If you are using the VS 2005 Web Application project option, here are a few optimizations you might want to consider:
1) If you have a very large project, or are working on an application with many other developers, you might want to consider splitting it up into multiple "sub-web" projects. I wouldn't necessarily recommend this for performance reasons (unless you have thousands and thousands of pages it probably doesn't make a huge difference), but it can sometimes make it easier to help manage a large project. Please read this past blog-post of mine on creating sub-web projects to learn how to use this.
2) Consider adding a VS 2005 Web Deployment project to your solution for deep verification. I mentioned above that one downside of using the VS 2005 Web Application Project option was that it only compiled the code-behind source code of your pages, and didn't do a deeper verification of the actual .aspx markup (so it will miss cases where you have a mis-typed tag in your .aspx markup). This provides the same level of verification support that VS 2003 provided (so you aren't loosing anything from that), but not as deep as the Web Site Project option. One way you can still get this level of verification with VS 2005 Web Application Projects is to optionally add a VS 2005 Web Deployment Project into your solution (web deployment projects work with both web-site and web-application solutions). You can configure this to run only when building "release" or "staging" builds of your solution (to avoid taking a build hit at development time), and use it to provide a deep verification of both your content and source code prior to shipping your app.
Common Tips/Tricks for Optimizing any VS 2005 Build Time
Here are a few things I recommend checking anytime you have poor performance when building projects/solutions (note: this list will continue to grow as I hear new ones - so check back in the future):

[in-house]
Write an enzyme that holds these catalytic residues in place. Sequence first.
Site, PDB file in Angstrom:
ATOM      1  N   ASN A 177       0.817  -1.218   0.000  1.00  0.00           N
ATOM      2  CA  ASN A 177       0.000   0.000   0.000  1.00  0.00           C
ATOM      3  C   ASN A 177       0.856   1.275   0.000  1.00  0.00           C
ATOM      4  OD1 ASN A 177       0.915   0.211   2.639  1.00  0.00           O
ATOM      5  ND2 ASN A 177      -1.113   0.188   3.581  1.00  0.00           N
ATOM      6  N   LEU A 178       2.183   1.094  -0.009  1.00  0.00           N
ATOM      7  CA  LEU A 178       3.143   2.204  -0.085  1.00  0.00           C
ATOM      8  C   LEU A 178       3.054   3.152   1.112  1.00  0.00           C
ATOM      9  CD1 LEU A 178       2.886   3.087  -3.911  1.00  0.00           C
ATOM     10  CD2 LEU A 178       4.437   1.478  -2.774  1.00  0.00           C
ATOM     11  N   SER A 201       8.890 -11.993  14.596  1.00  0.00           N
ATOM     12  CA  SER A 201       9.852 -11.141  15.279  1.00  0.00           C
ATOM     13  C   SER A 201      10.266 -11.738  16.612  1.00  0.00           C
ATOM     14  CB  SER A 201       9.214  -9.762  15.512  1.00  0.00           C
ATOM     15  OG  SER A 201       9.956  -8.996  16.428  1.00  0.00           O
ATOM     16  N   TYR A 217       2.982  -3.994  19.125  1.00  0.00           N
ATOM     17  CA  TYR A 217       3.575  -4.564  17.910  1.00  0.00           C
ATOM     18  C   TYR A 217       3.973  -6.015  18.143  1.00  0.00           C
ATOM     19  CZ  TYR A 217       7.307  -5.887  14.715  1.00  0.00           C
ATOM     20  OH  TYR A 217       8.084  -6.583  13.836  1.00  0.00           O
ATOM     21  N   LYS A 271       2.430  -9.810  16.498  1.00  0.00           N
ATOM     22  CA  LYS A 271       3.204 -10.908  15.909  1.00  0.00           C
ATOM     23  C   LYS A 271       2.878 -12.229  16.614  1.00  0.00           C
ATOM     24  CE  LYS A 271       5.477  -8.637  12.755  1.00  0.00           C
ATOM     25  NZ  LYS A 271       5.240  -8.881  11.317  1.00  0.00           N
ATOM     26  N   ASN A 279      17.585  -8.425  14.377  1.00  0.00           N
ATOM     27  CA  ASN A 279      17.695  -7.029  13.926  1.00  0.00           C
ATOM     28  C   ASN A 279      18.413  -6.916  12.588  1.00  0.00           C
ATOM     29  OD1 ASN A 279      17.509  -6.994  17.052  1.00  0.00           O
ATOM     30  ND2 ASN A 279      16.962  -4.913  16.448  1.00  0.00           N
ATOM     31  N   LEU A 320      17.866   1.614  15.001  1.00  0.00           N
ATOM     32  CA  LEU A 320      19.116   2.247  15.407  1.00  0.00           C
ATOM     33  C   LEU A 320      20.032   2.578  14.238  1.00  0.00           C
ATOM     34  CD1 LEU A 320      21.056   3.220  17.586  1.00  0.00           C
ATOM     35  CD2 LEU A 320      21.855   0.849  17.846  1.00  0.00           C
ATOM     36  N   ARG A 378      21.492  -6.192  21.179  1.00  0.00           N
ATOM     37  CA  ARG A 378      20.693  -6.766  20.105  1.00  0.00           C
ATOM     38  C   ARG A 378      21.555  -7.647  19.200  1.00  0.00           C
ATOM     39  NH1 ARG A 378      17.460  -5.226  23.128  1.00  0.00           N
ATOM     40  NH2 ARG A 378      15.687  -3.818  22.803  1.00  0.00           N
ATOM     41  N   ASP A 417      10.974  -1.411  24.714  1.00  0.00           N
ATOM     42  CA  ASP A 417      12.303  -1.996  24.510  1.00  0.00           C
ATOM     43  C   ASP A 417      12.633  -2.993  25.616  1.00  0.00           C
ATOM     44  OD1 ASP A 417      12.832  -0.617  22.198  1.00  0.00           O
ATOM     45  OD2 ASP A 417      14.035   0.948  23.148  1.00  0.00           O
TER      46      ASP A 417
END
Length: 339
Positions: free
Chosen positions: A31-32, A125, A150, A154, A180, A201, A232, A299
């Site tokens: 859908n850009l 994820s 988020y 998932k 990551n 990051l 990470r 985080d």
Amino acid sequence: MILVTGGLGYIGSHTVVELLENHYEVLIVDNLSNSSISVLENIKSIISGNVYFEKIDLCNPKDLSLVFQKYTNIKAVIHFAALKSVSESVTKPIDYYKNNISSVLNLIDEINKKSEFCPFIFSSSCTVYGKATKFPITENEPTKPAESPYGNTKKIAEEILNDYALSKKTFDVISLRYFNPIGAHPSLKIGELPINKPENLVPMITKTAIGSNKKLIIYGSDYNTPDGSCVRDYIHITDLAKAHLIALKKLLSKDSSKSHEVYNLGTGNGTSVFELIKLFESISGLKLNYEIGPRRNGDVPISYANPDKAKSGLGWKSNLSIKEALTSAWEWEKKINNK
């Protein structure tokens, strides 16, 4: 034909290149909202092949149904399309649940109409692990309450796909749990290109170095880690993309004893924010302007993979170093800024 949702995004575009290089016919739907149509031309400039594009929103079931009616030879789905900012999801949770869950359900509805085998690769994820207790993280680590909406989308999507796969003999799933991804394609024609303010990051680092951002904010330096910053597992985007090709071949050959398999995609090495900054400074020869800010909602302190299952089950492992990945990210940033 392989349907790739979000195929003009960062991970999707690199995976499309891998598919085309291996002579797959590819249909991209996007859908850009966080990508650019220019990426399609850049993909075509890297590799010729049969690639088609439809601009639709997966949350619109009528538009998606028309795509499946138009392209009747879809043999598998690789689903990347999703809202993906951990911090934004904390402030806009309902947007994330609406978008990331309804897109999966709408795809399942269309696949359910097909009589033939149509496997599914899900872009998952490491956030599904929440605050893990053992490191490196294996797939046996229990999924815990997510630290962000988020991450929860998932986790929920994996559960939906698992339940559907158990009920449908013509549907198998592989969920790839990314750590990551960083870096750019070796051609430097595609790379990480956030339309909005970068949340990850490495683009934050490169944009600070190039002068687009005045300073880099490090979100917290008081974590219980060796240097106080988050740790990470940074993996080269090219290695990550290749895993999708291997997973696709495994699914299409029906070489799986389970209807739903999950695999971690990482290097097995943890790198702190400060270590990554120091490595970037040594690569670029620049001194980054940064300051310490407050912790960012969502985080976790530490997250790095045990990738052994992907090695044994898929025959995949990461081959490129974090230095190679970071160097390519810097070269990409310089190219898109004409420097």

1) Watch out for Virus Checkers, Spy-Bots, and Search/Indexing Tools
VS hits the file-system a lot, and obviously needs to reparse any file within a project that has changed the next time it compiles. One issue I've seen reported several times are cases where virus scanners, spy-bot detecters, and/or desktop search indexing tools end up monitoring a directory containing a project a little too closely, and continually change the timestamps of these files (they don't alter the contents of the file - but they do change a last touched timestamp that VS also uses). This then causes a pattern of: you make a change, rebuild, and then in the background the virus/search tool goes in and re-searches/re-checks the file and marks it as altered - which then causes VS to have to re-build it again. Check for this if you are seeing build performance issues, and consider disabling the directories you are working on from being scanned by other programs. I've also seen reports of certain Spybot utilities causing extreme slowness with VS debugging - so you might want to verify that you aren't having issues with those either.
2) Turn off AutoToolboxPopulate in the Windows Forms Designer Options
There is an option in VS 2005 that will cause VS to automatically populate the toolbox with any controls you compile as part of your solution. This is a useful feature when developing controls since it updates them when you build, but I've seen a few reports from people who find that it can cause VS to end up taking a long time (almost like a hang) in some circumstances. Note that this applies both to Windows Forms and Web Projects. To disable this option, select the Tools->Options menu item, and then unselect the Windows Forms Designer/General/AutoToolboxPopulate checkbox option (for a thread on this see: http://forums.asp.net/1108115/ShowPost.aspx).
3) Examine which 3rd party packages are running in Visual Studio
There are a lot of great 3rd party VS packages that you can plug into Visual Studio. These deliver big productivity wins, and offer tons of features. Occasionally I've seen issues where performance or stability is being affected by them though. This is often true in cases where an older version (or beta) of one of these packages is being used (always keep an eye out for when a manufacturer updates them with bug-fixes). If you are seeing issues with performance or stability, you might want to look at trying a VS configuration where you uninstall any additional packages to see if this makes a difference. If so, you can work with the 3rd party manufacturer to identify the issue.
Visual Basic Build Performance HotFix
The Visual Basic team has released several hotfixes for compilation performance issues with large VB projects. You can learn how to obtain these hotfixes immediately from this blog post. The VB team also has a direct email address -- firstname.lastname@example.org -- that you can use to contact them directly if you are running into performance issues.
Hope this helps,